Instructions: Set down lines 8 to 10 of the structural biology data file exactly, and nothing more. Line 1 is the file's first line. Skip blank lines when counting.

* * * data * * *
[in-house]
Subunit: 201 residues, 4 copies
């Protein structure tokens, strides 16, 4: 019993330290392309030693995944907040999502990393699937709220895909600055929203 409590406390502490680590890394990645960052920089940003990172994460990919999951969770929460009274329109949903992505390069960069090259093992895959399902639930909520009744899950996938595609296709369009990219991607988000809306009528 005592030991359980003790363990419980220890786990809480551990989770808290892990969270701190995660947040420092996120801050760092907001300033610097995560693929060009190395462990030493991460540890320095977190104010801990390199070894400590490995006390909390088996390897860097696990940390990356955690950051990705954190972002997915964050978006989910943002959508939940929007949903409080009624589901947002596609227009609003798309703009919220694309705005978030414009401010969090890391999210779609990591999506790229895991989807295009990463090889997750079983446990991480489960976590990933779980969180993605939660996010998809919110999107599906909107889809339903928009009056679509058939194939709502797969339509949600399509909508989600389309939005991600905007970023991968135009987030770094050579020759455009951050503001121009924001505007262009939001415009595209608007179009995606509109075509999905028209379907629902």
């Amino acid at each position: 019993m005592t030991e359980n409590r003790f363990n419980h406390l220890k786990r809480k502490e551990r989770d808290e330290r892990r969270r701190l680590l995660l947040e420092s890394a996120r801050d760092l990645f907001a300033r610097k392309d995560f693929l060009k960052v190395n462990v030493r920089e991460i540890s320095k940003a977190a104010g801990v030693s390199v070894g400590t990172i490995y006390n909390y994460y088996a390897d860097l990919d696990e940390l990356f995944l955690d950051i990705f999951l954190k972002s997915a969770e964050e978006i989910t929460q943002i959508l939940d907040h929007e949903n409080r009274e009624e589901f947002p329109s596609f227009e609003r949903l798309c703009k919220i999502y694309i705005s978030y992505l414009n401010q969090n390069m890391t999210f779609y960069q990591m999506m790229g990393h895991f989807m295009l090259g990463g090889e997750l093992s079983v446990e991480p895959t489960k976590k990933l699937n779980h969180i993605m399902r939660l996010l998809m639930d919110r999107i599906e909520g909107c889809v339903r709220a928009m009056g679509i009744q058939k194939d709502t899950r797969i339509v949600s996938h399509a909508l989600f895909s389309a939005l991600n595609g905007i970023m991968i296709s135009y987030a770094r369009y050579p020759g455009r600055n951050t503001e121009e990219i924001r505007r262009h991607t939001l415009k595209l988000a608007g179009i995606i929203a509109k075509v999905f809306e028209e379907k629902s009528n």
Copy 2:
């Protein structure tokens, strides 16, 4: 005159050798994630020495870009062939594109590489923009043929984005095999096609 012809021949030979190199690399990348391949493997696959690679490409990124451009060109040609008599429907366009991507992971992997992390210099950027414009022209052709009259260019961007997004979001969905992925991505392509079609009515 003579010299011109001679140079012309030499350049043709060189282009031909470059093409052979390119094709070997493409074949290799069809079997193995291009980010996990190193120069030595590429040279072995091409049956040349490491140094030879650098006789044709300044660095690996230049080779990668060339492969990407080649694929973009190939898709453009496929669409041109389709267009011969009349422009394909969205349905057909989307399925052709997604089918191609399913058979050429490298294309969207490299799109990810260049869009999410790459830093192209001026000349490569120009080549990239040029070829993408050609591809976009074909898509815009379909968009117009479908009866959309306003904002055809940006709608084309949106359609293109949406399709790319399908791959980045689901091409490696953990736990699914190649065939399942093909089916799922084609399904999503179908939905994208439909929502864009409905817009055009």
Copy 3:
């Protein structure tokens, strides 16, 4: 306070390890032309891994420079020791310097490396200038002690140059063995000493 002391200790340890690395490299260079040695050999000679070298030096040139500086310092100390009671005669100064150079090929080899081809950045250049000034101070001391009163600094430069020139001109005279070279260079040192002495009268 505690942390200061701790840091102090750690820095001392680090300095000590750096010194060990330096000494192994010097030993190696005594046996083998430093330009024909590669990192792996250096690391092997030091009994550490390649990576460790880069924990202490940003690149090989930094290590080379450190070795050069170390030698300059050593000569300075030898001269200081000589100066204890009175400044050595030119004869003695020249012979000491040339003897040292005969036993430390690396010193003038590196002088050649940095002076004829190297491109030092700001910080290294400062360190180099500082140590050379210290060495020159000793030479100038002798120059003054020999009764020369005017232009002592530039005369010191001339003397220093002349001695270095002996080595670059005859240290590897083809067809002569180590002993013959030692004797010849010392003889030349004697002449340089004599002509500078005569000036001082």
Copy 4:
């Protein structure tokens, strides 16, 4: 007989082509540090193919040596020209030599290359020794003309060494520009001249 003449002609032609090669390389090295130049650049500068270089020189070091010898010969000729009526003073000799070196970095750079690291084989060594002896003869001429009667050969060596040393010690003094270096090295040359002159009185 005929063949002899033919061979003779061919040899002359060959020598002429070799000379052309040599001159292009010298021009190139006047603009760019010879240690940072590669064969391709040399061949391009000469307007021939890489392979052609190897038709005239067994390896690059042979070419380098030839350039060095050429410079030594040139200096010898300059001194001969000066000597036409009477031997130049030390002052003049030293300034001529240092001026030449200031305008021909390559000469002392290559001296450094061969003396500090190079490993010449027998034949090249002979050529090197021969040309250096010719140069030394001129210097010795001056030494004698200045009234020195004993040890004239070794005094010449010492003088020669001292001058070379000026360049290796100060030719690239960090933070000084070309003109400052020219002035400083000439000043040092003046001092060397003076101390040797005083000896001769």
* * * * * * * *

């Protein structure tokens, strides 16, 4: 306070390890032309891994420079020791310097490396200038002690140059063995000493 002391200790340890690395490299260079040695050999000679070298030096040139500086310092100390009671005669100064150079090929080899081809950045250049000034101070001391009163600094430069020139001109005279070279260079040192002495009268 505690942390200061701790840091102090750690820095001392680090300095000590750096010194060990330096000494192994010097030993190696005594046996083998430093330009024909590669990192792996250096690391092997030091009994550490390649990576460790880069924990202490940003690149090989930094290590080379450190070795050069170390030698300059050593000569300075030898001269200081000589100066204890009175400044050595030119004869003695020249012979000491040339003897040292005969036993430390690396010193003038590196002088050649940095002076004829190297491109030092700001910080290294400062360190180099500082140590050379210290060495020159000793030479100038002798120059003054020999009764020369005017232009002592530039005369010191001339003397220093002349001695270095002996080595670059005859240290590897083809067809002569180590002993013959030692004797010849010392003889030349004697002449340089004599002509500078005569000036001082």
Copy 4:
């Protein structure tokens, strides 16, 4: 007989082509540090193919040596020209030599290359020794003309060494520009001249 003449002609032609090669390389090295130049650049500068270089020189070091010898010969000729009526003073000799070196970095750079690291084989060594002896003869001429009667050969060596040393010690003094270096090295040359002159009185 005929063949002899033919061979003779061919040899002359060959020598002429070799000379052309040599001159292009010298021009190139006047603009760019010879240690940072590669064969391709040399061949391009000469307007021939890489392979052609190897038709005239067994390896690059042979070419380098030839350039060095050429410079030594040139200096010898300059001194001969000066000597036409009477031997130049030390002052003049030293300034001529240092001026030449200031305008021909390559000469002392290559001296450094061969003396500090190079490993010449027998034949090249002979050529090197021969040309250096010719140069030394001129210097010795001056030494004698200045009234020195004993040890004239070794005094010449010492003088020669001292001058070379000026360049290796100060030719690239960090933070000084070309003109400052020219002035400083000439000043040092003046001092060397003076101390040797005083000896001769």